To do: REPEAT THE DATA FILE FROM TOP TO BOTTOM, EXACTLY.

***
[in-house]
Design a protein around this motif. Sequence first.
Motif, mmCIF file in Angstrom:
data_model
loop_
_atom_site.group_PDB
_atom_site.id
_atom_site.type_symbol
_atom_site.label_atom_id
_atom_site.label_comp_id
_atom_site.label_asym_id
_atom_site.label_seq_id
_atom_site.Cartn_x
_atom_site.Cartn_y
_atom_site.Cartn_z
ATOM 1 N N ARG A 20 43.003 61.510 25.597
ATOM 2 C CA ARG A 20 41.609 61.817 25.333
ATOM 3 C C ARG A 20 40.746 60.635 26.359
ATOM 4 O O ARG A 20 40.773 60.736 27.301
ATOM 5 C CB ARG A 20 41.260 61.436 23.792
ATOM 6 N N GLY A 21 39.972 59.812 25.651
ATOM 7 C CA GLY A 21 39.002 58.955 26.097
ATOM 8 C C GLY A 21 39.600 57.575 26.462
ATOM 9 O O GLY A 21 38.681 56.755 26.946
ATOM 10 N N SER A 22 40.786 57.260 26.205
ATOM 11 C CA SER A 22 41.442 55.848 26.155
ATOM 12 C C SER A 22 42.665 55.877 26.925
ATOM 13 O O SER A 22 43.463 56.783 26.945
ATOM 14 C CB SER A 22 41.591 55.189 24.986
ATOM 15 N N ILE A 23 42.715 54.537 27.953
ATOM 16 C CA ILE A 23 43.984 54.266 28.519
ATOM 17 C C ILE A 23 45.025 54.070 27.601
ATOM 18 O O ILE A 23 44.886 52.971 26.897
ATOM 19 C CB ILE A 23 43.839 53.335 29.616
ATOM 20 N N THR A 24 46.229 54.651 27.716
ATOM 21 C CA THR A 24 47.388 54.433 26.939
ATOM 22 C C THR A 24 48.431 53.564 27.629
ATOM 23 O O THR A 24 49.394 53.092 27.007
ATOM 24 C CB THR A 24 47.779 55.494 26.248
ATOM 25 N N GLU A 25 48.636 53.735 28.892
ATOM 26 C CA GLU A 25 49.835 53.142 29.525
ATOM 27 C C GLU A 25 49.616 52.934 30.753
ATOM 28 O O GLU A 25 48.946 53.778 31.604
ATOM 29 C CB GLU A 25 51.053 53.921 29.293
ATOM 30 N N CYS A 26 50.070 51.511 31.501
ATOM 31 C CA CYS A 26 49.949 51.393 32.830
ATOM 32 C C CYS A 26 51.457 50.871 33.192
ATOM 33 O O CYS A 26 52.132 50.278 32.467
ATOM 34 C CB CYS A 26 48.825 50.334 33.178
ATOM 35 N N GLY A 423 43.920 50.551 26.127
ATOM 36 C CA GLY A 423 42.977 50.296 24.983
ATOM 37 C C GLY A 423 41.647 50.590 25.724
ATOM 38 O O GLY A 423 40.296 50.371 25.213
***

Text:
[in-house]
Design a protein around this motif. Sequence first.
Motif, mmCIF file in Angstrom:
data_model
loop_
_atom_site.group_PDB
_atom_site.id
_atom_site.type_symbol
_atom_site.label_atom_id
_atom_site.label_comp_id
_atom_site.label_asym_id
_atom_site.label_seq_id
_atom_site.Cartn_x
_atom_site.Cartn_y
_atom_site.Cartn_z
ATOM 1 N N ARG A 20 43.003 61.510 25.597
ATOM 2 C CA ARG A 20 41.609 61.817 25.333
ATOM 3 C C ARG A 20 40.746 60.635 26.359
ATOM 4 O O ARG A 20 40.773 60.736 27.301
ATOM 5 C CB ARG A 20 41.260 61.436 23.792
ATOM 6 N N GLY A 21 39.972 59.812 25.651
ATOM 7 C CA GLY A 21 39.002 58.955 26.097
ATOM 8 C C GLY A 21 39.600 57.575 26.462
ATOM 9 O O GLY A 21 38.681 56.755 26.946
ATOM 10 N N SER A 22 40.786 57.260 26.205
ATOM 11 C CA SER A 22 41.442 55.848 26.155
ATOM 12 C C SER A 22 42.665 55.877 26.925
ATOM 13 O O SER A 22 43.463 56.783 26.945
ATOM 14 C CB SER A 22 41.591 55.189 24.986
ATOM 15 N N ILE A 23 42.715 54.537 27.953
ATOM 16 C CA ILE A 23 43.984 54.266 28.519
ATOM 17 C C ILE A 23 45.025 54.070 27.601
ATOM 18 O O ILE A 23 44.886 52.971 26.897
ATOM 19 C CB ILE A 23 43.839 53.335 29.616
ATOM 20 N N THR A 24 46.229 54.651 27.716
ATOM 21 C CA THR A 24 47.388 54.433 26.939
ATOM 22 C C THR A 24 48.431 53.564 27.629
ATOM 23 O O THR A 24 49.394 53.092 27.007
ATOM 24 C CB THR A 24 47.779 55.494 26.248
ATOM 25 N N GLU A 25 48.636 53.735 28.892
ATOM 26 C CA GLU A 25 49.835 53.142 29.525
ATOM 27 C C GLU A 25 49.616 52.934 30.753
ATOM 28 O O GLU A 25 48.946 53.778 31.604
ATOM 29 C CB GLU A 25 51.053 53.921 29.293
ATOM 30 N N CYS A 26 50.070 51.511 31.501
ATOM 31 C CA CYS A 26 49.949 51.393 32.830
ATOM 32 C C CYS A 26 51.457 50.871 33.192
ATOM 33 O O CYS A 26 52.132 50.278 32.467
ATOM 34 C CB CYS A 26 48.825 50.334 33.178
ATOM 35 N N GLY A 423 43.920 50.551 26.127
ATOM 36 C CA GLY A 423 42.977 50.296 24.983
ATOM 37 C C GLY A 423 41.647 50.590 25.724
ATOM 38 O O GLY A 423 40.296 50.371 25.213